Terminator tanks may be nearer to being used than you thought. Picture: Corporal Chris Moore
Terminator tanks may be nearer to being used than you thought. Picture: Corporal Chris Moore

US Army’s ridiculous new weapon

IMAGINE if the US military could send combat vehicles like tanks into battle with enemies - but without a single soldier on the battlefield?

And what if these heavily armed and armoured smart vehicles were essentially invisible to the enemy and fired weapons powerful enough to destroy aircraft, tanks and even cities?

Sounds wildly far-fetched - robot tanks conducting battles, invisible to the enemy, with armour that reacts to incoming fire, driven remotely by soldiers safely within bases on home soil.

But this is not the stuff of the future - it is the innovation of now. The US Army aims to have a Robotic Combat Vehicle demonstrator ready by 2021.

Similar to how drones are operated above war zones while flown by pilots more than an ocean away, smart heavily armed and armoured vehicles could similarly execute the instructions of soldiers safely within the walls of a base.

CV90 variant. Picture: BAE Systems
CV90 variant. Picture: BAE Systems

BAE'S BIG BOY WITH BIG SMARTS

At the annual Association of the US Army (AUSA) meeting in Washington DC this week, companies large and small from around the United States brought their latest and greatest tech to showcase.

One exciting contender was BAE Systems' CV90 MkIV tank-like vehicle - a self-driving and self-fighting combat vehicle. And a potentially "invisible" one at that.

It has a "man-optional" combat mode and potentially allows the military to take humans out of the battle physically by operating the vehicle remotely.

ARMOUR

The tank features advanced Active Protection System and crew protection from heavy weaponry including IEDs, antitank mines and chemical, biological, radiological and nuclear (CBRN) attacks.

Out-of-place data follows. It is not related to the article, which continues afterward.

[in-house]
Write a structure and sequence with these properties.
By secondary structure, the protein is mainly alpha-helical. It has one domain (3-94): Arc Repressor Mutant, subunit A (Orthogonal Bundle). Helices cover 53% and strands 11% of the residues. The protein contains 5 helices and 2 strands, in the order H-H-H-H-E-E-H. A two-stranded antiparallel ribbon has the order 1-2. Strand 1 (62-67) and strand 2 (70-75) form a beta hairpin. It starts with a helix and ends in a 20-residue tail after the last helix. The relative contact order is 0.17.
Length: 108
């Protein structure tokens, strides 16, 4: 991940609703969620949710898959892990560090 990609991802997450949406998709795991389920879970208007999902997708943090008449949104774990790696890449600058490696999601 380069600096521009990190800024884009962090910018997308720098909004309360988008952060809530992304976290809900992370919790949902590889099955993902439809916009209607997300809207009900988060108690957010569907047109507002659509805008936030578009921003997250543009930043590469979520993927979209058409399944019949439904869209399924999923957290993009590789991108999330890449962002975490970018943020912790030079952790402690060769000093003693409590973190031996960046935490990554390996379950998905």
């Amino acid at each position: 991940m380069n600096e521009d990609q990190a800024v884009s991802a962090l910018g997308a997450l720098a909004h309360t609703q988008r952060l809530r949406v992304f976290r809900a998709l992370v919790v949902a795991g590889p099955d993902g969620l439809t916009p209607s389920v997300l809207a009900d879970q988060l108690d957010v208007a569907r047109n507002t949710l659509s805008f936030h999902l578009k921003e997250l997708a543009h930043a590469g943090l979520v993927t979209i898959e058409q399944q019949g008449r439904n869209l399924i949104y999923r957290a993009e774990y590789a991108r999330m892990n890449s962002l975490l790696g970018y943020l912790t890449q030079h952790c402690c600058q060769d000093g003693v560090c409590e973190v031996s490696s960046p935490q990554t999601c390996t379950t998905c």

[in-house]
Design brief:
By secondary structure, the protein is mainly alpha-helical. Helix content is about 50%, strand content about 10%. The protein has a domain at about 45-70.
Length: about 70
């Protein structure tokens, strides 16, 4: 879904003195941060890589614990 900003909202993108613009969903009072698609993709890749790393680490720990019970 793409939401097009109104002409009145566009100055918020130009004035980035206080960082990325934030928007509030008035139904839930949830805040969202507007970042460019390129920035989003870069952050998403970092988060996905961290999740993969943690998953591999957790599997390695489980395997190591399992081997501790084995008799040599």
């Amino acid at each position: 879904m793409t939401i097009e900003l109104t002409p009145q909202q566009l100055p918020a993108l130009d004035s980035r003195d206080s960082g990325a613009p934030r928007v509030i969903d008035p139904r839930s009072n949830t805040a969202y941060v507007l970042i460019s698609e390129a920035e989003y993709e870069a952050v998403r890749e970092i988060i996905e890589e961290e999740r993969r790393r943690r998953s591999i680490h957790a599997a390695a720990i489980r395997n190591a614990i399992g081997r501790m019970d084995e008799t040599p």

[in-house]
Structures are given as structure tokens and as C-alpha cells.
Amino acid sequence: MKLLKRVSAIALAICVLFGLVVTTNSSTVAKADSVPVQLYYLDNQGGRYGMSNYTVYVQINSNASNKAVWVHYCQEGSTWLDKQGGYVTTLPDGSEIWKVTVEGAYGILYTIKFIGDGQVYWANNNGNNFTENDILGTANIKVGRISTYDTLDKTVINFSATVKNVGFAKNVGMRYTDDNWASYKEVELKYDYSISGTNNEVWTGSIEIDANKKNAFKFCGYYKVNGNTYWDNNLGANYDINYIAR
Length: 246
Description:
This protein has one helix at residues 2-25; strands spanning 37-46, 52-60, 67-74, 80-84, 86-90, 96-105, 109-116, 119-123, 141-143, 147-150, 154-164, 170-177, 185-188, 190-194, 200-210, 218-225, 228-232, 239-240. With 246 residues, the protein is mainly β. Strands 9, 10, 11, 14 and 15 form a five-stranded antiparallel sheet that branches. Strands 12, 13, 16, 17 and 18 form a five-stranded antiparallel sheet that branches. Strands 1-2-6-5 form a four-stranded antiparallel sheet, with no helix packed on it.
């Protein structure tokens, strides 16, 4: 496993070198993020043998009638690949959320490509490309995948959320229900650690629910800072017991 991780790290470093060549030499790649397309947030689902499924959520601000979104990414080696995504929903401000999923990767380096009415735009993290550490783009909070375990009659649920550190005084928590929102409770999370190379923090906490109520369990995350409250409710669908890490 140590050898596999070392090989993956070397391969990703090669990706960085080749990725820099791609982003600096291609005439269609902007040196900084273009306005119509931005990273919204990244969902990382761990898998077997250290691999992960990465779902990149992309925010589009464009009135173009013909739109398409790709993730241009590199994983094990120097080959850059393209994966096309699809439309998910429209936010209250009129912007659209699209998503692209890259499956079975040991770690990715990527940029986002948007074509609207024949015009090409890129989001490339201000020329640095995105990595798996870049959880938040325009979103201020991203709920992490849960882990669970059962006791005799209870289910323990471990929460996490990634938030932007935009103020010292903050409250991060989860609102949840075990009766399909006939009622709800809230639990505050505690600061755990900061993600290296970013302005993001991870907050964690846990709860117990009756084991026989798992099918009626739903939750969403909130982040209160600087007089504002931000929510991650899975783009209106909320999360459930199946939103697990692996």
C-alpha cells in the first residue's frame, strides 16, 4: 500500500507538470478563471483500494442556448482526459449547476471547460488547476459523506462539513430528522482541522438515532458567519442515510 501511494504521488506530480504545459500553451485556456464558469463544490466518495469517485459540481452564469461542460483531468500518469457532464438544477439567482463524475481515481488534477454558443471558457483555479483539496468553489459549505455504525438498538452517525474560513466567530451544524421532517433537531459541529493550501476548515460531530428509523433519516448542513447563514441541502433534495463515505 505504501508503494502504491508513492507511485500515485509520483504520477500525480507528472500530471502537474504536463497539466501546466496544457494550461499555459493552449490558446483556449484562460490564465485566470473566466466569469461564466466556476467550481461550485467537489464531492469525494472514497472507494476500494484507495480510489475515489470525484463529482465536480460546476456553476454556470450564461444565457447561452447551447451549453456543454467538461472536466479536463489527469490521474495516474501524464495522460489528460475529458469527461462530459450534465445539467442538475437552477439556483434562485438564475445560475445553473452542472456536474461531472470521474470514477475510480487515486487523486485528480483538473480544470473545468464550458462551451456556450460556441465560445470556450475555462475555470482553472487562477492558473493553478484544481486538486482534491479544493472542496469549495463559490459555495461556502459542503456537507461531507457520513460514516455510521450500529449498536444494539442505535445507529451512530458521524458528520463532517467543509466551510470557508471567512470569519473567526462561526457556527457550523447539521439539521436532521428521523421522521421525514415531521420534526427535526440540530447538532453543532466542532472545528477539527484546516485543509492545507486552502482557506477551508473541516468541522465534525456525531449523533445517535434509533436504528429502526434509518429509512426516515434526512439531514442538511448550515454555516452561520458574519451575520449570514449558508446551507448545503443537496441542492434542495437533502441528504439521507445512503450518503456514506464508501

INVISIBILITY

BAE's ADAPTIV program provides camouflage that renders the vehicle essentially "invisible" to enemy forces using "active multi-spectral cloaking".

The cloaking can make the vehicle blend into the background so it seems to vanish. It can even mimic other objects making the tank look like rocks or a car in the eyes of the enemy if need be.

INDEPENDENT, AUTONOMOUS DEFENCE

The Defensive Aid Suite enables the armoured vehicle to classify targets, give warnings about threats and best manoeuvre guidance to others in the battle space. To prevent the vehicle from getting hit, it can also deploy countermeasures by itself.

REMOTE-CONTROLLED FIREPOWER

Human crews can operate from inside the vehicle, but it can also be controlled remotely - from anywhere in the world.

The CV90 tends to involve a two-man turret armed with Bushmaster cannons. This remote-controlled solution allows powerful weapons to be unleashed on the battlefield but reduces the risk to soldiers by taking them out of the turret.

The vehicle's weaponry can be tailored to requirements and there's quite a range of options - including weapons that can hit enemy aircraft and tanks.

Its Fire Control System can already autonomously set the type of ammunition most suitable to defeat these threats, as well as automatically calculating the angles for maximum accuracy. By itself, the vehicle can also choose whether the best approach will be airburst, impact or delayed detonation.

In the near future, the army will have the option of sending both manned and unmanned ground combat vehicles into battle.
In the near future, the army will have the option of sending both manned and unmanned ground combat vehicles into battle.

 

HOW COULD IT BE USED?

In the long term, combat vehicles may conduct missions entirely on their own; however it is more likely there will always be humans in the loop.

Soldiers could, for example, operate the unmanned CV90 MkIV combat vehicle while on-board another vehicle to amplify the force.

Or dismounted soldiers could control the unmanned vehicles, using them to perform reconnaissance in advance of troops.

Patrols, whether dismounted or in vehicles, could pilot the smart combat vehicles to travel in front of them so that in the event of an IED the unmanned vehicle would be hit instead of soldiers.

From inside a base, soldiers could also send the vehicles out on patrols.

And of course, battalions of robotic combat vehicles could eventually be deployed in battles.

 

This article was published on Fox News and reproduced with permission.



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